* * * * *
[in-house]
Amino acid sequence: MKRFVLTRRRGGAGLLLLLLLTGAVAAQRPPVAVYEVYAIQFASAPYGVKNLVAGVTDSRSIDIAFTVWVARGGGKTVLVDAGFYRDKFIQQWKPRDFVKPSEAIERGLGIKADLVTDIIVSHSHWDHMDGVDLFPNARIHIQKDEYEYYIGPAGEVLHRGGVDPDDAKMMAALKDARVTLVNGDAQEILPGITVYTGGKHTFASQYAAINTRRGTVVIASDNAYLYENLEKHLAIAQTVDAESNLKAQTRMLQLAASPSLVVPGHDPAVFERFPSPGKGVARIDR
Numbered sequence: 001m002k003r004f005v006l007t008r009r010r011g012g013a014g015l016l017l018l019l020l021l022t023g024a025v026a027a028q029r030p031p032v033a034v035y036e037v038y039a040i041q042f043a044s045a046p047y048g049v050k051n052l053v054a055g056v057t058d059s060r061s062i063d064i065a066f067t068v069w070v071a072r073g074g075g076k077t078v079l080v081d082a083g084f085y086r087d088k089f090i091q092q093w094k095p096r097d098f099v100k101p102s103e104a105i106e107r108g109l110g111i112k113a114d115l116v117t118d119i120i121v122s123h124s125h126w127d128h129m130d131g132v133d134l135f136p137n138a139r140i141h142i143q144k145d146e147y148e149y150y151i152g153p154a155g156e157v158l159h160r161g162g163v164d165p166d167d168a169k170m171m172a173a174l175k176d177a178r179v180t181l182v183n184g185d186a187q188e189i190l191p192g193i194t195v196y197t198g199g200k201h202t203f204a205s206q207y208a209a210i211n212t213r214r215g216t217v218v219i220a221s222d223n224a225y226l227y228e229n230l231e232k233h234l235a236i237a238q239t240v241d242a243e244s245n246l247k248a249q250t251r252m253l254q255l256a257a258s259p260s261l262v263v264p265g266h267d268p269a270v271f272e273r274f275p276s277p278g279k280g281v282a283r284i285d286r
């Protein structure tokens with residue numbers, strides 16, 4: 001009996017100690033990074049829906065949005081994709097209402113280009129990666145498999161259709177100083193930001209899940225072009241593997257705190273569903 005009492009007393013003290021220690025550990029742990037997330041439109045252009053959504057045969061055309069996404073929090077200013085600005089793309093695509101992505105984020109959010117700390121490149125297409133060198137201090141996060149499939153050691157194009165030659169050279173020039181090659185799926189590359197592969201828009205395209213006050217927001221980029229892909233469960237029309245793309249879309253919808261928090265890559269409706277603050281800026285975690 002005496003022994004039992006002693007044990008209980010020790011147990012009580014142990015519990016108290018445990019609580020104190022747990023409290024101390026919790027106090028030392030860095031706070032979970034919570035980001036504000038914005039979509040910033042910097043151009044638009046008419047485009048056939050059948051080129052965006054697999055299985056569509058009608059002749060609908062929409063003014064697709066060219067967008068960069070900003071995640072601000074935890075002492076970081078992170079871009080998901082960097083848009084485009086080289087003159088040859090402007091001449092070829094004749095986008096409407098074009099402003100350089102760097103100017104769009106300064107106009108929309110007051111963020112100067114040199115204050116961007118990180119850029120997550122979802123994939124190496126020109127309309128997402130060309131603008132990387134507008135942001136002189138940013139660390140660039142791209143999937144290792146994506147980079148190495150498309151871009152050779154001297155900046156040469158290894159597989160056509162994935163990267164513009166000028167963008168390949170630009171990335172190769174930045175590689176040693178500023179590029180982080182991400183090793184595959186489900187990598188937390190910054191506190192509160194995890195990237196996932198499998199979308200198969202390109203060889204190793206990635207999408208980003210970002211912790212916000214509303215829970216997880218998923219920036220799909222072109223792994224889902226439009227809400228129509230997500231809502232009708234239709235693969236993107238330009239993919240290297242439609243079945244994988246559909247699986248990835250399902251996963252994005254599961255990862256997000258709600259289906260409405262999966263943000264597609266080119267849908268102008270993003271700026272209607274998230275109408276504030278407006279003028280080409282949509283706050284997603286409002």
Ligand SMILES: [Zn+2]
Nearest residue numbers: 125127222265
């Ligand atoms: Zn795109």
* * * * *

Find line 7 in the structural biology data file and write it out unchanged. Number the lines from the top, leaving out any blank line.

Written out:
């Ligand atoms: Zn795109």